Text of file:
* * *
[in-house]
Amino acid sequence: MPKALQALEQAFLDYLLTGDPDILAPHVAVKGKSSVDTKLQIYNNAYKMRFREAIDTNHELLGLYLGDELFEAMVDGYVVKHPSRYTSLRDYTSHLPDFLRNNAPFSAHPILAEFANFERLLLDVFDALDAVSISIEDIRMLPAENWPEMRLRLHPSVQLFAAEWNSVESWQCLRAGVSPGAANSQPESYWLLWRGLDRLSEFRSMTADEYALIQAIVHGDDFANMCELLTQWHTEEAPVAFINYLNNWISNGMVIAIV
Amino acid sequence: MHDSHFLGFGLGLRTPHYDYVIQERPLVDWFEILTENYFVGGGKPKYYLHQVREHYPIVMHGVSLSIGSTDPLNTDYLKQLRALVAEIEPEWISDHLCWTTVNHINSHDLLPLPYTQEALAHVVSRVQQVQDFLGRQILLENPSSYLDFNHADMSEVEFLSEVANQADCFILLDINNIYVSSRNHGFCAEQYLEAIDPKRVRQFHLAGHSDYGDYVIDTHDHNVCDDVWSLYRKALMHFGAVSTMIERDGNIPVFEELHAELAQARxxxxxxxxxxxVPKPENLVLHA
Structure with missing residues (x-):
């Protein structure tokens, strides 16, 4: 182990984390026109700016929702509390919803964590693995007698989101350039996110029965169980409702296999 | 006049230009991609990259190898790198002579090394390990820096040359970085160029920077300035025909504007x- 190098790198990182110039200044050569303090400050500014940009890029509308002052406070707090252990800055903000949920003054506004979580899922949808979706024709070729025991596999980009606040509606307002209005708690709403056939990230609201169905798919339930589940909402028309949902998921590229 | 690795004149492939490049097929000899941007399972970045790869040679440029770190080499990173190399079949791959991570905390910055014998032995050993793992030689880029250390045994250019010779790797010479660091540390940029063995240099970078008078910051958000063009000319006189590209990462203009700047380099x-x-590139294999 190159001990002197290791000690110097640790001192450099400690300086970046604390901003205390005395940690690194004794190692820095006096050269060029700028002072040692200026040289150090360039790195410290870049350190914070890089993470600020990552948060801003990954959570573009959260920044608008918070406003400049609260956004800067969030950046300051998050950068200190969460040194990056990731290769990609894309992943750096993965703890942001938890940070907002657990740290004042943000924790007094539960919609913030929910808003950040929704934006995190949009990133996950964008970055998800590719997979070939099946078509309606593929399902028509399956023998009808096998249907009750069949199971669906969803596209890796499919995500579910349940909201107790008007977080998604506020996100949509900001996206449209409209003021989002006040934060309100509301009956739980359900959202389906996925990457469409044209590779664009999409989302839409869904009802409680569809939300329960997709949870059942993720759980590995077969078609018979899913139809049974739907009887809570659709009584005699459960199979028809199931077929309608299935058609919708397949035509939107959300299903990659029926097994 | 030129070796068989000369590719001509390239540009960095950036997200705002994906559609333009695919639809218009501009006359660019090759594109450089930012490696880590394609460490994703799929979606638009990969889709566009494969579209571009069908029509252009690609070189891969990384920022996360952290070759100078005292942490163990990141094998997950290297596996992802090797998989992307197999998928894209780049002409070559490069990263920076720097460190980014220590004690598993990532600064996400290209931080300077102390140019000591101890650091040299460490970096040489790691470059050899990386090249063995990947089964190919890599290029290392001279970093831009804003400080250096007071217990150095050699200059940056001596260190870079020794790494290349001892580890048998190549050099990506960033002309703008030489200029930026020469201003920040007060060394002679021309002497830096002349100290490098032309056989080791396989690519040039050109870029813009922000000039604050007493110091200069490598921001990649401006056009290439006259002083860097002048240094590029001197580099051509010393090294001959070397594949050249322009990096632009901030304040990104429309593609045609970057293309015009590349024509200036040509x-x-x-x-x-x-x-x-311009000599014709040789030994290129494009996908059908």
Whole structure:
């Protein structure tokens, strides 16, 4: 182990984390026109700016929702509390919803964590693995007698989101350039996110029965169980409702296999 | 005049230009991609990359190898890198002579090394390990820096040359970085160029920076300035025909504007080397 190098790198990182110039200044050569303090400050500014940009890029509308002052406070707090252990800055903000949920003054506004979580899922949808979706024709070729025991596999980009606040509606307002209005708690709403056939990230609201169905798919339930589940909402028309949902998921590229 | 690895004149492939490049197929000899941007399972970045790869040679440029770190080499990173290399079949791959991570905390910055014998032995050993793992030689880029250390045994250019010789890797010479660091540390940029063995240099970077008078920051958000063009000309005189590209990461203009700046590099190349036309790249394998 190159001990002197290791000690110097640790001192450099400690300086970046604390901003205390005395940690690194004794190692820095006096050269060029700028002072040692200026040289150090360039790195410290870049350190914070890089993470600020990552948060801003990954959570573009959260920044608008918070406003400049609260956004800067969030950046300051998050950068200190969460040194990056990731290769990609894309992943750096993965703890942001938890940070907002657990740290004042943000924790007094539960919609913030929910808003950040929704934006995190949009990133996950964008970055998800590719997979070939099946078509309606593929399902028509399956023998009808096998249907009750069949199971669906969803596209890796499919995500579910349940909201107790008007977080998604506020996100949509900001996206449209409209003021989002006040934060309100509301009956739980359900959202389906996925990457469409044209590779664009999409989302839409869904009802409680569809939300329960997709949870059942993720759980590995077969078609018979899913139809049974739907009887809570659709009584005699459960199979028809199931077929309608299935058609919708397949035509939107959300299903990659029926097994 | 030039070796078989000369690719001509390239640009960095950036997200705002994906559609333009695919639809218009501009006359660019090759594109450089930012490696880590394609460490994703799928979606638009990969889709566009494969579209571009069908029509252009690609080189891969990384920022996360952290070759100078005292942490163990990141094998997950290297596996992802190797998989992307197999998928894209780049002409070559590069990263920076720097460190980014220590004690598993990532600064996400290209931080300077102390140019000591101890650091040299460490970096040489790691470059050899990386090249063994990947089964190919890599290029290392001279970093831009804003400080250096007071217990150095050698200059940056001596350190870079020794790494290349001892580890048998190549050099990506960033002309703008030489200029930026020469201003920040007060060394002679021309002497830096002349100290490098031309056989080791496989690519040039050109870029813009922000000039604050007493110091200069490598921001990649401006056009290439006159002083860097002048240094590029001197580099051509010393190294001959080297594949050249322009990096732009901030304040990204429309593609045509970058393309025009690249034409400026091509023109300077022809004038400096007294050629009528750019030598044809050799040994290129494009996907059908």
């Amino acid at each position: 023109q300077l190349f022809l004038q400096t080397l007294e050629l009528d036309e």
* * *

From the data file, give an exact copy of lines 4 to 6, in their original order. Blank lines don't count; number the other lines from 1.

Structure with missing residues (x-):
């Protein structure tokens, strides 16, 4: 182990984390026109700016929702509390919803964590693995007698989101350039996110029965169980409702296999 | 006049230009991609990259190898790198002579090394390990820096040359970085160029920077300035025909504007x- 190098790198990182110039200044050569303090400050500014940009890029509308002052406070707090252990800055903000949920003054506004979580899922949808979706024709070729025991596999980009606040509606307002209005708690709403056939990230609201169905798919339930589940909402028309949902998921590229 | 690795004149492939490049097929000899941007399972970045790869040679440029770190080499990173190399079949791959991570905390910055014998032995050993793992030689880029250390045994250019010779790797010479660091540390940029063995240099970078008078910051958000063009000319006189590209990462203009700047380099x-x-590139294999 190159001990002197290791000690110097640790001192450099400690300086970046604390901003205390005395940690690194004794190692820095006096050269060029700028002072040692200026040289150090360039790195410290870049350190914070890089993470600020990552948060801003990954959570573009959260920044608008918070406003400049609260956004800067969030950046300051998050950068200190969460040194990056990731290769990609894309992943750096993965703890942001938890940070907002657990740290004042943000924790007094539960919609913030929910808003950040929704934006995190949009990133996950964008970055998800590719997979070939099946078509309606593929399902028509399956023998009808096998249907009750069949199971669906969803596209890796499919995500579910349940909201107790008007977080998604506020996100949509900001996206449209409209003021989002006040934060309100509301009956739980359900959202389906996925990457469409044209590779664009999409989302839409869904009802409680569809939300329960997709949870059942993720759980590995077969078609018979899913139809049974739907009887809570659709009584005699459960199979028809199931077929309608299935058609919708397949035509939107959300299903990659029926097994 | 030129070796068989000369590719001509390239540009960095950036997200705002994906559609333009695919639809218009501009006359660019090759594109450089930012490696880590394609460490994703799929979606638009990969889709566009494969579209571009069908029509252009690609070189891969990384920022996360952290070759100078005292942490163990990141094998997950290297596996992802090797998989992307197999998928894209780049002409070559490069990263920076720097460190980014220590004690598993990532600064996400290209931080300077102390140019000591101890650091040299460490970096040489790691470059050899990386090249063995990947089964190919890599290029290392001279970093831009804003400080250096007071217990150095050699200059940056001596260190870079020794790494290349001892580890048998190549050099990506960033002309703008030489200029930026020469201003920040007060060394002679021309002497830096002349100290490098032309056989080791396989690519040039050109870029813009922000000039604050007493110091200069490598921001990649401006056009290439006259002083860097002048240094590029001197580099051509010393090294001959070397594949050249322009990096632009901030304040990104429309593609045609970057293309015009590349024509200036040509x-x-x-x-x-x-x-x-311009000599014709040789030994290129494009996908059908």
Whole structure: